3 conflict resolution strategies to restore peace at work

3 conflict resolution strategies to restore peace at work

In an interview to Harvard Business Review, Anna Ranieri, a career counselor, coach executive and coauthor of “How Can I Help?”, gives us an advice about conflict resolution strategies, mainly at work. She believes “people often just want a safe place to vent and in doing so, may figure out on their own what they want to do”. A conflict at work may affect the mood and, therefore, the productivity of an entire team. That’s why inspiring reconciliation demands confidentiality. Here are 3 key principles to restore peace at work:

1. Put yourself in another’s place

“I’m sorry this is happening”, “It’s tough when two people cannot see eye to eye.” While you listen to your colleague, show that you understand how sad the situation is, without ever taking sides. Demonstrate that you, the manager, is completely open to all the colleagues. Stay neutral and avoid citing your own experience. Provide remarks as: “It seems that Abel was stressed and did not mean what he said” or “I know Demetrius is an outspoken person and this may sometimes seem rude.” One of the smartert conflict resolution strategies is showing that you understand what’s going on by your colleagues, but never going so far by saying things like “You’re right and he’s wrong.”

2. Put the other with the others

“If you don’t get along, it’s bad for everyone. It prevents us from doing a good job, you know?” Once you have expressed your concern, make it clear how the fight is affecting the team. You help both sides to see that the conflict harms other colleagues. Propose: “Imagine if you knew or even saw that Bianca and Caio are discussing. Would it be comfortable to you?”

3. Advise tête-à-tête

“Would it be helpful if I suggested a way to solve this?” Naturally, it is virtue and responsibility of a manager inspiring reconciliation; nonetheless, introduce yourself to your coworkers with kindness. Another point: get ready to hear obstinate answers: “Yes, I could apologize to Abel, but I think he should apologize first” or “Yes, I want things to be better with Demetrius, but it never will work”. Management experts list some advices to give during a conflict resolution:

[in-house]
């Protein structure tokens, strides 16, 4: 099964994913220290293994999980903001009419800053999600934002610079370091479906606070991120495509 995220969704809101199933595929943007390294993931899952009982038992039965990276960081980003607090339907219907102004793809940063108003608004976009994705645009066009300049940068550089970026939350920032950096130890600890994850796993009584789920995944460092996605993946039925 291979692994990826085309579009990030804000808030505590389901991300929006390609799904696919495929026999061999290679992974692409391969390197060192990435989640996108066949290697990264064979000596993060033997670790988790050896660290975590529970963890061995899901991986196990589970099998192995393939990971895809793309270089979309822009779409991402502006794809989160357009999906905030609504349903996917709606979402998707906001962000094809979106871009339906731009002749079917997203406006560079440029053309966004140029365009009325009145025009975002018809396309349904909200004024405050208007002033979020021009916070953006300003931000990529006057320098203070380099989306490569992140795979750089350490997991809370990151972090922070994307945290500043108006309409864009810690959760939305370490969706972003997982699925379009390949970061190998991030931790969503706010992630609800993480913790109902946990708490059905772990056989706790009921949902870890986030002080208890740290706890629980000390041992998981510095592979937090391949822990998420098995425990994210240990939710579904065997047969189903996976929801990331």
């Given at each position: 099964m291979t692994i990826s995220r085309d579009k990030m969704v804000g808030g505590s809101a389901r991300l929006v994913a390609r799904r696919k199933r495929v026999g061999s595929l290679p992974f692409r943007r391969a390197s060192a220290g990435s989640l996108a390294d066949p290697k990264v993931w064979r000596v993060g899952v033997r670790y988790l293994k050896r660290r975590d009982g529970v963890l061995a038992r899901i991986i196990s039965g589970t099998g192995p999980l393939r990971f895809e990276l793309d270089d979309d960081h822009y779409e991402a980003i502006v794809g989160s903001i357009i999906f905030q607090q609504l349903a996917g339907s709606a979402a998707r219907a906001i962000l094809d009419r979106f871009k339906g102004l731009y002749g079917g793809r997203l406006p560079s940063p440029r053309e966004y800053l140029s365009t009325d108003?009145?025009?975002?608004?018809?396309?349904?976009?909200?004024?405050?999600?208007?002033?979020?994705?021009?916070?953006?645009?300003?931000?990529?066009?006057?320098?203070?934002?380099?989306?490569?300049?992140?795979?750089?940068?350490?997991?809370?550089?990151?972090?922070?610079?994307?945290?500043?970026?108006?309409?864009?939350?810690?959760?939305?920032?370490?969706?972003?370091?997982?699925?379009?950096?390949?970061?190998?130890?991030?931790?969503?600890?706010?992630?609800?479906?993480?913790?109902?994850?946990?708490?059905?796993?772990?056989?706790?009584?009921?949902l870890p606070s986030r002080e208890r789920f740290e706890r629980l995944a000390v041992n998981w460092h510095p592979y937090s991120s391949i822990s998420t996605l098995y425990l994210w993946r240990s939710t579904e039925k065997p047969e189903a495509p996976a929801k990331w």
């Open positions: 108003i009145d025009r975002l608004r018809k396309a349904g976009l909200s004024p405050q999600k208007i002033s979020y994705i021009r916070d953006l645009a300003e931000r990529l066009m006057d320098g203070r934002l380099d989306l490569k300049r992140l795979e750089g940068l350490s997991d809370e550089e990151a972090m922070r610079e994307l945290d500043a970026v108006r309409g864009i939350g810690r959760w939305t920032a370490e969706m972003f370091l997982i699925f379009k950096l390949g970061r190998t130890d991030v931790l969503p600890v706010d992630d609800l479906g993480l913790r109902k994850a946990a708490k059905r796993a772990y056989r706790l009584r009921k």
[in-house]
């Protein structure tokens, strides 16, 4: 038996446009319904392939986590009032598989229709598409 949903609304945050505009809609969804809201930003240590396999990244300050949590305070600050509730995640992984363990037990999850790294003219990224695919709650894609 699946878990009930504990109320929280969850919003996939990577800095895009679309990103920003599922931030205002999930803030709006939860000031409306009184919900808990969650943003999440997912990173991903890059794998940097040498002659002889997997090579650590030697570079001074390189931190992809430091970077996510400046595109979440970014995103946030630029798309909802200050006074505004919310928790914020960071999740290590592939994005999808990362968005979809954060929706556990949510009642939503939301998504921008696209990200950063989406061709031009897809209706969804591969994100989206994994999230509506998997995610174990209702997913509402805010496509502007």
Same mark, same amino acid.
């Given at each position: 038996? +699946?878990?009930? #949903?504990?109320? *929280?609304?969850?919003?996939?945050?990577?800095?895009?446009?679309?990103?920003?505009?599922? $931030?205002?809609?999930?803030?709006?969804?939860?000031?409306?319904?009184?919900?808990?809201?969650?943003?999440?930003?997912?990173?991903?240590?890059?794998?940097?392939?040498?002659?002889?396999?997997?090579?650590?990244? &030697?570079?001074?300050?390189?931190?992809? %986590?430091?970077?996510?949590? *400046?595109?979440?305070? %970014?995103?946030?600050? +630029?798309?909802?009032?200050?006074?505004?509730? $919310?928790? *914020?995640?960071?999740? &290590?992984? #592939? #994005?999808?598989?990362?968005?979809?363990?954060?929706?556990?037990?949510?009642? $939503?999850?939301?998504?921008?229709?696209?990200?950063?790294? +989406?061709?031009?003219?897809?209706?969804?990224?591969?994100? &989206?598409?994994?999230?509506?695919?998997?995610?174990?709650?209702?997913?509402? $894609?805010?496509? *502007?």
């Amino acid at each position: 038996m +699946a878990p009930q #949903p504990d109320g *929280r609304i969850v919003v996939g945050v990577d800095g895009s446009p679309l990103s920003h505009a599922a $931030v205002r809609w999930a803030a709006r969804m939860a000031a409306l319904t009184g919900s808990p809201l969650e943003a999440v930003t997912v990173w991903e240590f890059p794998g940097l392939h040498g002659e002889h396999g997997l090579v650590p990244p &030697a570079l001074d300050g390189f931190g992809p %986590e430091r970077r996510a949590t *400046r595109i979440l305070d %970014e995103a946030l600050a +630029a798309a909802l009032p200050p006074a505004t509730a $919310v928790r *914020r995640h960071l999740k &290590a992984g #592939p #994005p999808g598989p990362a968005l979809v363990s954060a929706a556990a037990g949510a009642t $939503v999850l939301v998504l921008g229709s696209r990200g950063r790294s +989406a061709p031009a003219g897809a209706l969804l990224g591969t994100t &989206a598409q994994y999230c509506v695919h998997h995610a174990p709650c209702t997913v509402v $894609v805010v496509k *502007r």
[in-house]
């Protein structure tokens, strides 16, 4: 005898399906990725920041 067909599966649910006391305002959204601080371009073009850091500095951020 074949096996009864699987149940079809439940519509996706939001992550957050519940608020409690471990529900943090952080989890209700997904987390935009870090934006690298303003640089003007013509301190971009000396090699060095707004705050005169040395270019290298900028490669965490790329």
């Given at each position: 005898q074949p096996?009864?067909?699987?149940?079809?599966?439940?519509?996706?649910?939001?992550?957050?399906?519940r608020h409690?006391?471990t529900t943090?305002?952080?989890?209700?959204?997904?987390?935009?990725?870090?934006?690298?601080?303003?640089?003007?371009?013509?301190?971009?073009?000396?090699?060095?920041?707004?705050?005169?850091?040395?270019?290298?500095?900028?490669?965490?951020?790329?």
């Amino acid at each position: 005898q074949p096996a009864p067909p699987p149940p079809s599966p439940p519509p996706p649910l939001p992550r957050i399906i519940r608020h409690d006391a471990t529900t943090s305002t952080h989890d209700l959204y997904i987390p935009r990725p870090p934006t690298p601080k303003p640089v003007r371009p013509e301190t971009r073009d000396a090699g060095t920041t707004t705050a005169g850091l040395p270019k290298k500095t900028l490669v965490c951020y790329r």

a) The world turns

You never know if the colleague with whom you fight now will become your boss in this one or in your next job. What if a relatively insignificant quarrel compromise or even spoil your future opportunities?

b) What’s going into his/her head?

Behind the unpleasant behavior of a colleague, may be severe personal problems. Never forget that the other person may be anxious, frustrated, stressed or depressed, even when he/she don’t show.

c) Definitely, we are not self-sufficient

We live and work connected to each other. Even if you do not need directly some colleagues, at some point in the process the skills will complement.

d) Be attractive to the market

One of the worst poisons to achievements is the complication of people to relate. Thence, professionals who prove a higher emotional intelligence and so, great conflict resolution strategies, are more desired by employers.

e) What is professionalism to you?

Even when the personal relationship with a colleague seems unsustainable, the professional one shall be guided by civility. All for the good of the company where you work. Professionalism implies friendliness.

f) All of us have limitations

Many people have difficulty to express themselves verbally and end up saying the wrong thing. Great hurts sometimes begins simply from a poorly constructed sentence. Besides making you more human, seeing the others’ limitations avoids suffering.

g) Everything is temporary

How valuable will be this fight in five years? In ten years? Jobs, colleagues, fights, everything is temporary. Perhaps you realize that you are wasting your time and your health by a nonsense. Invest more time in taking good care of your best friends.

It’s pretty usual that conflicts inside the team grow up just because a communication full of misunderstood, tasks being delegated by several “bosses” or frequent delays because of a stack of emails. Protect your business’ productivity and your team’s professionalism by fostering Runrun.it. Try it for free: http://runrun.it

 

Recommended for you:

 

team_management

Leave a comment

Your email address will not be published. Required fields are marked with *

You may use these HTML tags and attributes: <a href="" title=""> <abbr title=""> <acronym title=""> <b> <blockquote cite=""> <cite> <code> <del datetime=""> <em> <i> <q cite=""> <s> <strike> <strong>